Moon day

Heiye was all smiles today, and Sev has asked me not to comment. It is very hard not to comment when a growing thirteen year old boy is bouncing off the walls with happiness.

Heiye has come a long way. His hair is long enough to have required a haircut or two by now, I suspect Cook gave those to him, soft, straight and soot-colored. He is dressed much better, as has of course been expected of him, in clean and mended clothing. No more uniform, but this will do. Beige does nothing for his coloring. His skin shines a healthy copper, washed out or no, and he has muscle covering his bones. He’s started putting on height, the poor child. He’s going to be a long, lanky one.

Sev is a long, lanky one. He was, anyway, until he grew serious about his training for the army and turned muscular. I am long without being lanky, prefering limbs that stay the right length with my body. I do remember a few awkward, coltish years just after I came to live with Sev, however, growing up under his mother’s expert eye. She always did make me feel like I’d gotten grass stains on my dress and fallen in a pond.

Part of that was likely Sev’s penchant for getting grass stains on my dress and insisting we go swimming with all our clothes on. I never did learn to manage him the way she did, not that I want to. I much prefer my husband to be my husband, and all that implies. Complain I shall, but control him I shall not. I could not.

There I go, always writing about Sev when I have a dozen other things on my mind. I don’t usually think on him this much. It is the combination of him being home all the time and away all the time, I would say.

Comments (11)

_geist_May 24th, 2009 at 10:06 pm

I suspect Cook gave those to him, soft, straight and soot-colored.

My problem with this is that you’re describing his hair, not his haircut, and Cook didn’t give him his hair.

Young!Suki makes me giggle.

adminMay 24th, 2009 at 10:17 pm

I love Suki’s tales of her youth. Sev was such a rascal.

Also, the first part of that sentence is refering to haircuts Cook gave Heiye. Not his hair. Again, the order is not the most clear. It’s very stream of consciousness, you know?

_geist_May 24th, 2009 at 11:07 pm

No, I know, that’s what I mean. His haircut is not soft, straight, and soot colored. That’s his hair. It doesn’t make sense.

adminMay 24th, 2009 at 11:25 pm

No, not really. Oh well. >.>

llubnekMay 28th, 2009 at 3:34 am

You could use something like
“His hair is soft, straight and soot-colored, and long enough to have required a haircut or two by now. I suspect Cook gave those to him.”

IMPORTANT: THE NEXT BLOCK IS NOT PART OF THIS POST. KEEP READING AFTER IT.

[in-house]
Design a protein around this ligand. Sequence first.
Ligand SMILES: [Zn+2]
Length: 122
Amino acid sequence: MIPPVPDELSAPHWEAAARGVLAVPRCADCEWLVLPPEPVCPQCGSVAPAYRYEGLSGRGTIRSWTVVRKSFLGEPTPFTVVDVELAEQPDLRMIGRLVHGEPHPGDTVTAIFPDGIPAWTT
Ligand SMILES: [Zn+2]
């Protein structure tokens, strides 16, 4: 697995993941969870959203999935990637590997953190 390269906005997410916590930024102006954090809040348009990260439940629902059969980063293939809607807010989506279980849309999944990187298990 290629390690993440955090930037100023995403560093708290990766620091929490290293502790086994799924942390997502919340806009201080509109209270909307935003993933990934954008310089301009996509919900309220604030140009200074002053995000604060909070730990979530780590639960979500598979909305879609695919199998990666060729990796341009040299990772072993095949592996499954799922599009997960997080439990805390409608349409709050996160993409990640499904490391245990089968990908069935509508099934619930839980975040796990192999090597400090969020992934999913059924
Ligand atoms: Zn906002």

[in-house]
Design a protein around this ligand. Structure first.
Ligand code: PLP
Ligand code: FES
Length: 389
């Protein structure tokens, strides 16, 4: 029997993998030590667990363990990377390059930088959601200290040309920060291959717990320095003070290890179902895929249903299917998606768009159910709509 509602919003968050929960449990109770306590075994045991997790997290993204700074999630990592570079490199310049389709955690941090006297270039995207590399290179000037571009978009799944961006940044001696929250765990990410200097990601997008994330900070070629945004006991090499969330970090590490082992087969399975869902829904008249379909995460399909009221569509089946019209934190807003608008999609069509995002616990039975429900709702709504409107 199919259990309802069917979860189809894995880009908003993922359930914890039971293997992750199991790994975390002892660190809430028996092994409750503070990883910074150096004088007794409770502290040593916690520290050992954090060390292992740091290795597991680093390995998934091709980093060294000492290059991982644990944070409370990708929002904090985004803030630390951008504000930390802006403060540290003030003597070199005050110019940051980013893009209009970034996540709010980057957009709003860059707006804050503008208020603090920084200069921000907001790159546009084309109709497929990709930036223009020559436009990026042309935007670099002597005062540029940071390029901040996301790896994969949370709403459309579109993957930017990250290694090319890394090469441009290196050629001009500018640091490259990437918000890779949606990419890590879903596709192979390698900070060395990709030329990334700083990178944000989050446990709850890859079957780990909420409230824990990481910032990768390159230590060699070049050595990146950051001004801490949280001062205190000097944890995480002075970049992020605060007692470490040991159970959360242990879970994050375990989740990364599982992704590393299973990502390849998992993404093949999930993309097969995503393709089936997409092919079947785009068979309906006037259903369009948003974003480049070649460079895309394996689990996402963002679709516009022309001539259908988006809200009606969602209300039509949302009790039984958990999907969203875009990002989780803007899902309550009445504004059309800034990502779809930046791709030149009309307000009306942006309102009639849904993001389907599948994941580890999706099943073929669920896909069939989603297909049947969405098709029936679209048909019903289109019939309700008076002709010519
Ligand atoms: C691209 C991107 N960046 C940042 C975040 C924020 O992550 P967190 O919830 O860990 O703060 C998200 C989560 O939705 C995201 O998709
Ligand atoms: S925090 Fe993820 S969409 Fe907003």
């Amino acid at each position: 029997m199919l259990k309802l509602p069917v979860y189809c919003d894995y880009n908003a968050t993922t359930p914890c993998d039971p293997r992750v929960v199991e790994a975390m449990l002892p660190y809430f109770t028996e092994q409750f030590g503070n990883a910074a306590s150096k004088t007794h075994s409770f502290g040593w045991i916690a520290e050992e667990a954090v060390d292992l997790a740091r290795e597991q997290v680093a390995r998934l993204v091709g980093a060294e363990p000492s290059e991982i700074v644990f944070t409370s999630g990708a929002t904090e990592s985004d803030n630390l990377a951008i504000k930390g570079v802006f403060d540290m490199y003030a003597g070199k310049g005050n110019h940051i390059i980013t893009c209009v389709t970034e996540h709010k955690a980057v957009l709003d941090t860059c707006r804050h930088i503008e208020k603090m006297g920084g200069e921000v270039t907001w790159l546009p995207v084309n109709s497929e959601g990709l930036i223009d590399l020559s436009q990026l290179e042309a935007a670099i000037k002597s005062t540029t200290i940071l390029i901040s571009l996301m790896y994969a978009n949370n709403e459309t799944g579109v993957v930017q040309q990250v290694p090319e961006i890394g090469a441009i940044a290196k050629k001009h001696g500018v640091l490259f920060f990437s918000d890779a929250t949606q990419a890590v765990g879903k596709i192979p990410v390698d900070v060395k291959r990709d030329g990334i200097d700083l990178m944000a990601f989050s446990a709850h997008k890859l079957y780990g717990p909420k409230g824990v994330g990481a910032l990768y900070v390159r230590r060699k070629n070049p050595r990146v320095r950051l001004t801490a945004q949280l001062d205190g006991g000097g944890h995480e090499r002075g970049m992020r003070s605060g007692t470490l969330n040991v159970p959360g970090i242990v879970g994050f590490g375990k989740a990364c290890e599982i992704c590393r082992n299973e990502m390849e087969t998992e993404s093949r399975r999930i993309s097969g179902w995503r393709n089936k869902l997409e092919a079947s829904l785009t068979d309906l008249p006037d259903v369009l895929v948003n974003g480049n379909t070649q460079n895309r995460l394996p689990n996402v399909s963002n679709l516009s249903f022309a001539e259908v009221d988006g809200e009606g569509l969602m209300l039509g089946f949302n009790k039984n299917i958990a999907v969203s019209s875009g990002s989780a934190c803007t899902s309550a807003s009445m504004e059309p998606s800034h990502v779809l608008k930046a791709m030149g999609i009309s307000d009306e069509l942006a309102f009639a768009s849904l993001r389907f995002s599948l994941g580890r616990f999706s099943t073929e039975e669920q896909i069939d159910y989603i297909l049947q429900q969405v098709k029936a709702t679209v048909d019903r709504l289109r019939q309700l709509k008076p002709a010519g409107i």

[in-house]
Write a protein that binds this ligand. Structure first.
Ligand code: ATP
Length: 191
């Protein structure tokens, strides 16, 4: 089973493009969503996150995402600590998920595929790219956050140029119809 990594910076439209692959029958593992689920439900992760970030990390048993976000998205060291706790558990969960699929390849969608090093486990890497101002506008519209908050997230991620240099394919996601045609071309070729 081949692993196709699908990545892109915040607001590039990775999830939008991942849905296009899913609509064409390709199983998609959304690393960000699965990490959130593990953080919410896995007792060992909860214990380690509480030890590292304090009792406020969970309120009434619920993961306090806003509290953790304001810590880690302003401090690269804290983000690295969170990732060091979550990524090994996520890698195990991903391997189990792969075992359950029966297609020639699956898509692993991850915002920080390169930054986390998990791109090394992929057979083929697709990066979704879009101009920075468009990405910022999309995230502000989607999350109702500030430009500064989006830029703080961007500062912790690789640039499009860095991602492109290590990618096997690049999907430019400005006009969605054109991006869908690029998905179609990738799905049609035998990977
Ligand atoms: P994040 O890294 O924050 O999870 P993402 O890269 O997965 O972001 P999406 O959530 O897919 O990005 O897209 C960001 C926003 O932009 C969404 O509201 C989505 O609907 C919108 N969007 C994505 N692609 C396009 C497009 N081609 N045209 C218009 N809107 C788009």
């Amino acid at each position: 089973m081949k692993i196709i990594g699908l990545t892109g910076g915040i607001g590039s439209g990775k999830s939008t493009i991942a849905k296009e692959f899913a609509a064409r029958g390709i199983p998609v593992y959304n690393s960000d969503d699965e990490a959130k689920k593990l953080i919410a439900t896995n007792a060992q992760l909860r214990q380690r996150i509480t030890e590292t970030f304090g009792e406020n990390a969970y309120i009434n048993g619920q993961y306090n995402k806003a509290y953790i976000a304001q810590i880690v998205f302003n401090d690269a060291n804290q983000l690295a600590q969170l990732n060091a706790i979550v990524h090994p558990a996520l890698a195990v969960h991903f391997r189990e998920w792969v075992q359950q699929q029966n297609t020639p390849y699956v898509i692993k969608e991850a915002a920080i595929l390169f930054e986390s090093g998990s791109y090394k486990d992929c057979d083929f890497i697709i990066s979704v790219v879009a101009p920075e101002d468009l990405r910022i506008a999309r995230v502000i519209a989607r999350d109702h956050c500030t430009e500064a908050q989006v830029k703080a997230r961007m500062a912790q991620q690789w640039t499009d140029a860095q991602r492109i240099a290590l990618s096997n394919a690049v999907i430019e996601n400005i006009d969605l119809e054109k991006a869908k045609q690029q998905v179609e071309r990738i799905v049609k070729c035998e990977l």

llubnekMay 28th, 2009 at 3:46 am

“It is the combination of him being home all the time and away all the time, I would say.”

This seems a bit awkward, especially with her earlier complaints when repeating a single word over several paragraphs.

This might work better as
“It is the combination of him being home and away all the time, I would say.”,
which might give a stronger impression of coming and going vs. presence and absence.

llubnekMay 28th, 2009 at 3:47 am

or not, this one’s nitpicky.

adminMay 28th, 2009 at 3:49 am

Heh. You overestimate somewhat how much I edit these.

In any case, Suki’s train of thought here is the motive force. She starts out thinking about his haircut, segues into who could have given said haircut, and adds a few notes about what his hair is like on after she’d already finished writing her sentence.

(She’s my character and all, but she’s a very stubborn one.)

adminMay 28th, 2009 at 3:51 am

I’m going to keep it in mind for if I ever go over the whole story for a comprehensive edit and tightening of continuity and details and such. For now, it stays as is.

K KJanuary 12th, 2012 at 10:39 pm

For what it’s worth, I did have to give the haircut sentence a second read to figure out whether you were talking about a style or his hair. I was a bit confused when I got to “soot-colored,” because I could see Suki using the other adjectives to describe a style.

I somewhat disagree with the “all the time” sentence edit – I think it emphasizes that he’s there too long, then away too long, which contrasts well. I feel Suki has become somewhat less self-disparaging in her writing since she left her family’s house.

adminJanuary 13th, 2012 at 4:05 pm

Thanks! Noted.

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